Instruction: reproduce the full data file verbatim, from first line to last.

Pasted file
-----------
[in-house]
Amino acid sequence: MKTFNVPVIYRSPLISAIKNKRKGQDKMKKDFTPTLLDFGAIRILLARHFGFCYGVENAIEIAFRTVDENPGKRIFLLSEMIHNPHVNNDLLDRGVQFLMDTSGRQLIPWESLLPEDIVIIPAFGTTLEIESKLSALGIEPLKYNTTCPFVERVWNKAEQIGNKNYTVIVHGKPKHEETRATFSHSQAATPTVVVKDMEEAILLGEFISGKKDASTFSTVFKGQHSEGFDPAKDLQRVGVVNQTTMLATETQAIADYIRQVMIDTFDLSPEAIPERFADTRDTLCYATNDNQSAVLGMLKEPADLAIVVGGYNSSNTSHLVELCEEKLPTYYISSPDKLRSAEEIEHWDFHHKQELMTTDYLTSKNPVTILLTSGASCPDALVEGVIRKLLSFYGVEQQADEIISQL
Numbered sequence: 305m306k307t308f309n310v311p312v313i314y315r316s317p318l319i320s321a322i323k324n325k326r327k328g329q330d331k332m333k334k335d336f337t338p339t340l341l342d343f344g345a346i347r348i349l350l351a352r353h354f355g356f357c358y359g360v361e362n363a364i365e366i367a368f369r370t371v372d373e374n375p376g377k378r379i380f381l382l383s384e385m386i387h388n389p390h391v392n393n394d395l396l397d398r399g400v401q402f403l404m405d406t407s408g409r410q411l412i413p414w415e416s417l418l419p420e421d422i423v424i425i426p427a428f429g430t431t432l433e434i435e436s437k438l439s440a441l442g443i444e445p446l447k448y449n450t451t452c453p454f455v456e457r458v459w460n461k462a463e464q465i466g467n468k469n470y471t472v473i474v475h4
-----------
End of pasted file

[in-house]
Amino acid sequence: MKTFNVPVIYRSPLISAIKNKRKGQDKMKKDFTPTLLDFGAIRILLARHFGFCYGVENAIEIAFRTVDENPGKRIFLLSEMIHNPHVNNDLLDRGVQFLMDTSGRQLIPWESLLPEDIVIIPAFGTTLEIESKLSALGIEPLKYNTTCPFVERVWNKAEQIGNKNYTVIVHGKPKHEETRATFSHSQAATPTVVVKDMEEAILLGEFISGKKDASTFSTVFKGQHSEGFDPAKDLQRVGVVNQTTMLATETQAIADYIRQVMIDTFDLSPEAIPERFADTRDTLCYATNDNQSAVLGMLKEPADLAIVVGGYNSSNTSHLVELCEEKLPTYYISSPDKLRSAEEIEHWDFHHKQELMTTDYLTSKNPVTILLTSGASCPDALVEGVIRKLLSFYGVEQQADEIISQL
Numbered sequence: 305m306k307t308f309n310v311p312v313i314y315r316s317p318l319i320s321a322i323k324n325k326r327k328g329q330d331k332m333k334k335d336f337t338p339t340l341l342d343f344g345a346i347r348i349l350l351a352r353h354f355g356f357c358y359g360v361e362n363a364i365e366i367a368f369r370t371v372d373e374n375p376g377k378r379i380f381l382l383s384e385m386i387h388n389p390h391v392n393n394d395l396l397d398r399g400v401q402f403l404m405d406t407s408g409r410q411l412i413p414w415e416s417l418l419p420e421d422i423v424i425i426p427a428f429g430t431t432l433e434i435e436s437k438l439s440a441l442g443i444e445p446l447k448y449n450t451t452c453p454f455v456e457r458v459w460n461k462a463e464q465i466g467n468k469n470y471t472v473i474v475h4